Louisiana is expanding Medicaid with the new eligibility date starting on July 1st. The Times Picayune reports that Louisiana is using its SNAP (food stamp) database as a means of identifying individuals who are Expansion eligible and then automatically signing them up.
Department of Health and Hospitals officials are “highly confident” they’ll receive federal approval to use data from food stamp applications to qualify people for Medicaid, the first state in the country to use such a method through what’s known as a state plan amendment….
Kennedy said DHH is preparing to send out about 100,000 letters to people that the agency has determined are eligible for Medicaid but aren’t among the state’s 1.4 million enrollees. All the recipients will have to do is respond to the letter, Kennedy said, and they’ll be added to the program….
DHH officials had previously said they would use a “fast track” approach to Medicaid expansion enrollment, but the food stamp enrollment is particularly significant because the federal government had never before approved using food stamp data to qualify Medicaid recipients.
I think this is interesting from a few angles.
First it is an example of a government that wants to do well by maximizing the data that it already holds. The state of Louisiana in a variety of data sources that it owns already has an excellent idea of who is eligible for Medicaid based on income and who is not. The challenge has always been integrating those data sources into a coherent information stream. Using the SNAP database is an excellent starting point.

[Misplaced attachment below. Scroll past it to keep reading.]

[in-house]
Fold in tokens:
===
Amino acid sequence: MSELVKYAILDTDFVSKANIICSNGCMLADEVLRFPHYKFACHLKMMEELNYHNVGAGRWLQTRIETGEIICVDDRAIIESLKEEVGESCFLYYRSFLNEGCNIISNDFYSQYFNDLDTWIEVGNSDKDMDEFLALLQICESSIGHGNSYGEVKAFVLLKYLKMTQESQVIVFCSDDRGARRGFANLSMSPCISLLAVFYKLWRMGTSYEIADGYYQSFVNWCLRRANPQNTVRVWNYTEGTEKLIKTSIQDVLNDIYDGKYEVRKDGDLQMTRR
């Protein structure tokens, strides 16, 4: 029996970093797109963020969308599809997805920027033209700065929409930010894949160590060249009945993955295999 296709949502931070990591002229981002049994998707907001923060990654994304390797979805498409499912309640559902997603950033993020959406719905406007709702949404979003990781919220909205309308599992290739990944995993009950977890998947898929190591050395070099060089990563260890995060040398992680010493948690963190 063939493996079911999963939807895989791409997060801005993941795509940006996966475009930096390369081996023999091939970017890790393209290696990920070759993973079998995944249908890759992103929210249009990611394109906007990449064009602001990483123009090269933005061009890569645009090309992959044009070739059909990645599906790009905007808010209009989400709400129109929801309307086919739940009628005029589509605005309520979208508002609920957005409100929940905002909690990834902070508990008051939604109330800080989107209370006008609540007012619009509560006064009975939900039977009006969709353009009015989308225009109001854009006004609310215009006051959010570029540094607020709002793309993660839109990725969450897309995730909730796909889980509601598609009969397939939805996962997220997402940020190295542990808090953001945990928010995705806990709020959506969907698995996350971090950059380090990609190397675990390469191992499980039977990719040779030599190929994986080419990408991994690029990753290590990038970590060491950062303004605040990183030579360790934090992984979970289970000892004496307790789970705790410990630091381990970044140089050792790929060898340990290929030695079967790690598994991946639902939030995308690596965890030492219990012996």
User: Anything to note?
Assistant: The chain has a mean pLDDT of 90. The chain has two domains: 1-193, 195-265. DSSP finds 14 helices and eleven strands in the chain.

Secondly, it makes sense that Louisiana is doing this for an expansion roll-out. All else being equal, an individual who otherwise would not have signed up for Medicaid Expansion without being automatically enrolled will be healthier and less expensive once they are signed up via the letter than people who actively sought out enrollment into Medicaid. The active seekers are more worried about their health care costs because they know themselves to have a good reason to worry about paying for health care services. This will lower the average cost on a capitated basis.
The most interesting angle to me is how does this outreach change the Medicaid cost savings for Louisiana. The woodworkers have a FY2017 62/38 Federal/state split on their costs. The Expansion eligible individuals have a CY2016 100/0 split on their costs. A large rush of legacy woodworkers will eat up most of the cost savings gained through lower charity care appropriations, and shifting of voluntary Legacy Medicaid qualified individuals to Expansion eligibility groups.
This is a good problem to have, as more people covered with the Feds picking up most of the tab is a good thing in and of itself. However the problem is Louisiana has a balanced budget constraint and a large structural deficit. Medicaid expansion is taking a decent chunk out of the structural deficit caused by Jindal’s decision to destroy Louisiana to boost his Presidential chances but a 100% Medicaid Eligibility uptake rate would take away most of the savings.